Visual Studio Code update emphasises audio cues, Activity Bar

Visual Studio Code update emphasises audio cues, Activity Bar

The upgrade also cites Python coding via extension and says goodbye to Windows 32 support.

The latest release of Microsoft’s Visual Studio Code editor features more audio cues, customisable Activity Bar positioning, and coding improvements to the Python extension.

VS Code 1.84, also known as the October 2023 release, was published November 1. It can be downloaded for Windows, Linux, or Mac at the Visual Studio Code website. Highlighted in this release are more audio cues for accessibility. When audioCues.clear is enabled, a sound indicates that the terminal, a notification, or the chat responses have been cleared. For files and notebooks, and audioCues.format can be set to play on user gestures or always for each event. When disabled, an ARIA (Accessible Rich Internet Application) alert is used instead and can be customised with accessibility.alert.format and

Also in Version 1.84, Activity Bar customisability means developers now can move the bar to the top of the Side Bar. When the Activity Bar is placed on the top, buttons for Accounts and Manage are moved to the Title Bar to the far right. This is supported only when the custom Title Bar is enabled. Users also now are able to hide editor Tabs by setting workbench.editor.showTabs to none. Other showTabs options are multiple (default) and single to show a single editor Tab for the active editor. A new View. Toggle Maximise Editor Group (Ctrl+K Ctrl+M) command maximises an editor group. All other groups will be hidden and a button is added to the Tab bar, letting the user restore the previous layout. If the setting workbench.editor.doubleClickTabToToggleEditorGroupSise is set to maximise, users can double-click an editor Tab to maximise and unmaximise the editor group.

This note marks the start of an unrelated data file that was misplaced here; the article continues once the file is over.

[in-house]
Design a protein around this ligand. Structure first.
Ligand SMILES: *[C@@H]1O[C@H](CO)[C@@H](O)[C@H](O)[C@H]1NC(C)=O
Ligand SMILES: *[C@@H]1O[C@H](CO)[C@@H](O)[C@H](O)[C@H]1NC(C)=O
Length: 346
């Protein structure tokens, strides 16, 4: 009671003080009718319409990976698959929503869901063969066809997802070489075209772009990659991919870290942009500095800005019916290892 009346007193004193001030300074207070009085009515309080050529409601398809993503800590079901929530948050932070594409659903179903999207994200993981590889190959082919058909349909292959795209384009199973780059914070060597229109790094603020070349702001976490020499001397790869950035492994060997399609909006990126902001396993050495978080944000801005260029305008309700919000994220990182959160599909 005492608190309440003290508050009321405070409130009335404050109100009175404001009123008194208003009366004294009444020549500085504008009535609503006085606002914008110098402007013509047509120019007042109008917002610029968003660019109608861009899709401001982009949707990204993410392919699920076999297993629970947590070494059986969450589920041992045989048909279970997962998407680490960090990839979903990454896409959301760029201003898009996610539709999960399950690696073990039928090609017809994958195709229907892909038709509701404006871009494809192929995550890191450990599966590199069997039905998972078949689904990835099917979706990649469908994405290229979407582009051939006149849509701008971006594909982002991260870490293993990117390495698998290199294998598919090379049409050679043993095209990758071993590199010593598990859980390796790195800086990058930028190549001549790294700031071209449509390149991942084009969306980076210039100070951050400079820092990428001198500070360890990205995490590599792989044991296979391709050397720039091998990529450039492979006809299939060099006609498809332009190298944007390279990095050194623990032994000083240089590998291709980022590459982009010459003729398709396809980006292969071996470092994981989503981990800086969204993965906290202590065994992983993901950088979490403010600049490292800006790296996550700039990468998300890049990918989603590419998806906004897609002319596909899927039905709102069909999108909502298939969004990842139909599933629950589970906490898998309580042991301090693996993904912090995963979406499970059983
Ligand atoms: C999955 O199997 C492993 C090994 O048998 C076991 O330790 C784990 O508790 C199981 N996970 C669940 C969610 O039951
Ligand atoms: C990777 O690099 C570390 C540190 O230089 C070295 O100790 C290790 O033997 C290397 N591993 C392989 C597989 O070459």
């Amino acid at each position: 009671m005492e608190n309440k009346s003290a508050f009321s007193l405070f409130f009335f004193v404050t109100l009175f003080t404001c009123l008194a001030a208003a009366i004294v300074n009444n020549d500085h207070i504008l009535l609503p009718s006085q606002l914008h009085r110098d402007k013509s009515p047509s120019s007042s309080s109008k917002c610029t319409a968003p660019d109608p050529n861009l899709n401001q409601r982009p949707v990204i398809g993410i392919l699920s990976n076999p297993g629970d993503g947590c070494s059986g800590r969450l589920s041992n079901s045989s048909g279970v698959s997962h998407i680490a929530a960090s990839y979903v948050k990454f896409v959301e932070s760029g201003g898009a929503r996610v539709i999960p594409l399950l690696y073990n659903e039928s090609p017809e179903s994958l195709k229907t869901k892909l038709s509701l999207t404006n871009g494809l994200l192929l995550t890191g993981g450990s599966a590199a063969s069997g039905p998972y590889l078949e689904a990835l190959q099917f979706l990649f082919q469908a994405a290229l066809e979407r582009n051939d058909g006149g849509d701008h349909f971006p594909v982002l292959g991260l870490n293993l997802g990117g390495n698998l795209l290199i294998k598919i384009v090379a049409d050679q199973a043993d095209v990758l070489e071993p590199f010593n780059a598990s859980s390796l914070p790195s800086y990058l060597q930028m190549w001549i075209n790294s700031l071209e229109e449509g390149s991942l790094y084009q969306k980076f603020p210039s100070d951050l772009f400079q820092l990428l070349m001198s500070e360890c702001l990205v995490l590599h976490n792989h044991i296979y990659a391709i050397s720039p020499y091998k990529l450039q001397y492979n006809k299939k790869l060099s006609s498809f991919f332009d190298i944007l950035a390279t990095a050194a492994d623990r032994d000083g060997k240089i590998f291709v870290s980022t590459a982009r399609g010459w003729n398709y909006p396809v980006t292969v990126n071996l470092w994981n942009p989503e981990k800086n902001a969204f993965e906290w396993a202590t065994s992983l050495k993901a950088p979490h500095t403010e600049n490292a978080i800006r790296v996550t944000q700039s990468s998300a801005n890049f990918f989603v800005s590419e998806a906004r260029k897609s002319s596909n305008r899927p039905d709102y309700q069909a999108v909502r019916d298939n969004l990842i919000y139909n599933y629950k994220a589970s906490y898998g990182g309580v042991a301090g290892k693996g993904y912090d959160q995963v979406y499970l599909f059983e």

VS Code 1.84 follows last month’s VS Code 1.83 release, which emphasised command discovery. Also in VS Code 1.84 :

  • The Python extension has improved the behaviour of sending lines to the Python REPL (Shift-Enter) when no code has been selected to run. Previously, when developers placed the cursor on a line of Python code and pressed Shift-Enter, the extension would send the exact line content to the REPL, even if it failed. A new experimental Smart Send feature has the extension send the smallest block of runnable code surrounding the cursor position to the REPL for execution. This ensures that only complete and executable sections of code are sent to the REPL. The cursor will be moved to the next executable line to offer a smooth experience when executing multiple chunks iteratively. Currently, this behaviour is behind an experiment but is expected to be the default in the future. To try it, developers can add the following User settings: “python.experiments.Optinto:.
  • Windows 32-bit support has ended. Developers should update to the 64-bit version of VS Code.
  • The Gradle for Java extension has been improved, with a prerelease version offering better support for building Gradle projects thanks to the adoption of the Build Server Protocol (BSP), which provides an abstraction layer between development environments and build tools such as Gradle. The Extension Pack for Java also is needed to try out Gradle support.
  • A preview of the GitHub Copilot Chat extension’s inline chat now can make progressive text edits and “type” at the rate at which a response is being received.

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